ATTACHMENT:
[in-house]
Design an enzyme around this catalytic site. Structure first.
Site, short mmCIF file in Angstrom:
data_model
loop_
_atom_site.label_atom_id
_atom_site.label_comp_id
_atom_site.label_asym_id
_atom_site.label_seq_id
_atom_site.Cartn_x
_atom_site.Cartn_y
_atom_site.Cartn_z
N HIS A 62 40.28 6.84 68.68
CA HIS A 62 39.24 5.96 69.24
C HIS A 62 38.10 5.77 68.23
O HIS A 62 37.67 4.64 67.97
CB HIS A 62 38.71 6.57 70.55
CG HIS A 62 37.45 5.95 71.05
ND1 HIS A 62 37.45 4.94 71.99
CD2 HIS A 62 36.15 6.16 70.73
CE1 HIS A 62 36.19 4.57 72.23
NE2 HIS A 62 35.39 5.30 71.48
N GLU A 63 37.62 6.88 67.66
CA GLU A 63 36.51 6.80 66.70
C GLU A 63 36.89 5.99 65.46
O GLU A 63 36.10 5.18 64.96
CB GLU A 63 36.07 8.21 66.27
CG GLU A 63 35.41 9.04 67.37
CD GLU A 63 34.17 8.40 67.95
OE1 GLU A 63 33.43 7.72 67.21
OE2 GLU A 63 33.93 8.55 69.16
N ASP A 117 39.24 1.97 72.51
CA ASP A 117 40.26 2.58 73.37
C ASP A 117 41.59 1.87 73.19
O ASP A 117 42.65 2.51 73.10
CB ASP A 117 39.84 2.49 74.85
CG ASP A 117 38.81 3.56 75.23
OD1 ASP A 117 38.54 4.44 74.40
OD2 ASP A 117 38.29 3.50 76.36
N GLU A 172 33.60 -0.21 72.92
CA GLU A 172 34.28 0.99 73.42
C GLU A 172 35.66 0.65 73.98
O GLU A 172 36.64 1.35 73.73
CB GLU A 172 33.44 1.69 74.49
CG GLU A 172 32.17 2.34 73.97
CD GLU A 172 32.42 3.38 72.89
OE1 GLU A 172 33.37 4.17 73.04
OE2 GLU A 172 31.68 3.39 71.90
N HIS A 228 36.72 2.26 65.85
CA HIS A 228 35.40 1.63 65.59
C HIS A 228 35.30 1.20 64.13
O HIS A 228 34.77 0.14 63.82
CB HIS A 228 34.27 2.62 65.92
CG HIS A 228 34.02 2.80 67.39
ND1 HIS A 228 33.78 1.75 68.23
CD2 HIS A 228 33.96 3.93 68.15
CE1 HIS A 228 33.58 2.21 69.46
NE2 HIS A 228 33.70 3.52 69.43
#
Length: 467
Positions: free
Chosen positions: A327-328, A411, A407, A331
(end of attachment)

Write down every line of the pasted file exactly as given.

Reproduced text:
[in-house]
Design an enzyme around this catalytic site. Structure first.
Site, short mmCIF file in Angstrom:
data_model
loop_
_atom_site.label_atom_id
_atom_site.label_comp_id
_atom_site.label_asym_id
_atom_site.label_seq_id
_atom_site.Cartn_x
_atom_site.Cartn_y
_atom_site.Cartn_z
N HIS A 62 40.28 6.84 68.68
CA HIS A 62 39.24 5.96 69.24
C HIS A 62 38.10 5.77 68.23
O HIS A 62 37.67 4.64 67.97
CB HIS A 62 38.71 6.57 70.55
CG HIS A 62 37.45 5.95 71.05
ND1 HIS A 62 37.45 4.94 71.99
CD2 HIS A 62 36.15 6.16 70.73
CE1 HIS A 62 36.19 4.57 72.23
NE2 HIS A 62 35.39 5.30 71.48
N GLU A 63 37.62 6.88 67.66
CA GLU A 63 36.51 6.80 66.70
C GLU A 63 36.89 5.99 65.46
O GLU A 63 36.10 5.18 64.96
CB GLU A 63 36.07 8.21 66.27
CG GLU A 63 35.41 9.04 67.37
CD GLU A 63 34.17 8.40 67.95
OE1 GLU A 63 33.43 7.72 67.21
OE2 GLU A 63 33.93 8.55 69.16
N ASP A 117 39.24 1.97 72.51
CA ASP A 117 40.26 2.58 73.37
C ASP A 117 41.59 1.87 73.19
O ASP A 117 42.65 2.51 73.10
CB ASP A 117 39.84 2.49 74.85
CG ASP A 117 38.81 3.56 75.23
OD1 ASP A 117 38.54 4.44 74.40
OD2 ASP A 117 38.29 3.50 76.36
N GLU A 172 33.60 -0.21 72.92
CA GLU A 172 34.28 0.99 73.42
C GLU A 172 35.66 0.65 73.98
O GLU A 172 36.64 1.35 73.73
CB GLU A 172 33.44 1.69 74.49
CG GLU A 172 32.17 2.34 73.97
CD GLU A 172 32.42 3.38 72.89
OE1 GLU A 172 33.37 4.17 73.04
OE2 GLU A 172 31.68 3.39 71.90
N HIS A 228 36.72 2.26 65.85
CA HIS A 228 35.40 1.63 65.59
C HIS A 228 35.30 1.20 64.13
O HIS A 228 34.77 0.14 63.82
CB HIS A 228 34.27 2.62 65.92
CG HIS A 228 34.02 2.80 67.39
ND1 HIS A 228 33.78 1.75 68.23
CD2 HIS A 228 33.96 3.93 68.15
CE1 HIS A 228 33.58 2.21 69.46
NE2 HIS A 228 33.70 3.52 69.43
#
Length: 467
Positions: free
Chosen positions: A327-328, A411, A407, A331